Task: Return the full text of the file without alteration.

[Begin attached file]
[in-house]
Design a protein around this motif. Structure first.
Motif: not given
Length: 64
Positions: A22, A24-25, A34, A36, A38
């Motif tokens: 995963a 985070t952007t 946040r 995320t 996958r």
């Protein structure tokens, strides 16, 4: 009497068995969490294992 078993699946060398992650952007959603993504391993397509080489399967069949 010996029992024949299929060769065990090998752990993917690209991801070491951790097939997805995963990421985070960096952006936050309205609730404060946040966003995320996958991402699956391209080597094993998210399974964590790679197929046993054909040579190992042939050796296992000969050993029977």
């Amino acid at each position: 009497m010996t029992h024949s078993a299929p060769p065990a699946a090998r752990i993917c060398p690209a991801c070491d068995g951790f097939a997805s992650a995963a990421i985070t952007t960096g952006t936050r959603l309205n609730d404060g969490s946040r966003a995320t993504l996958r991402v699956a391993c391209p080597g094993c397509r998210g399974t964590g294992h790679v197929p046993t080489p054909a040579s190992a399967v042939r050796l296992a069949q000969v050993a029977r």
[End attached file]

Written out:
[in-house]
Design a protein around this motif. Structure first.
Motif: not given
Length: 64
Positions: A22, A24-25, A34, A36, A38
């Motif tokens: 995963a 985070t952007t 946040r 995320t 996958r």
């Protein structure tokens, strides 16, 4: 009497068995969490294992 078993699946060398992650952007959603993504391993397509080489399967069949 010996029992024949299929060769065990090998752990993917690209991801070491951790097939997805995963990421985070960096952006936050309205609730404060946040966003995320996958991402699956391209080597094993998210399974964590790679197929046993054909040579190992042939050796296992000969050993029977």
């Amino acid at each position: 009497m010996t029992h024949s078993a299929p060769p065990a699946a090998r752990i993917c060398p690209a991801c070491d068995g951790f097939a997805s992650a995963a990421i985070t952007t960096g952006t936050r959603l309205n609730d404060g969490s946040r966003a995320t993504l996958r991402v699956a391993c391209p080597g094993c397509r998210g399974t964590g294992h790679v197929p046993t080489p054909a040579s190992a399967v042939r050796l296992a069949q000969v050993a029977r």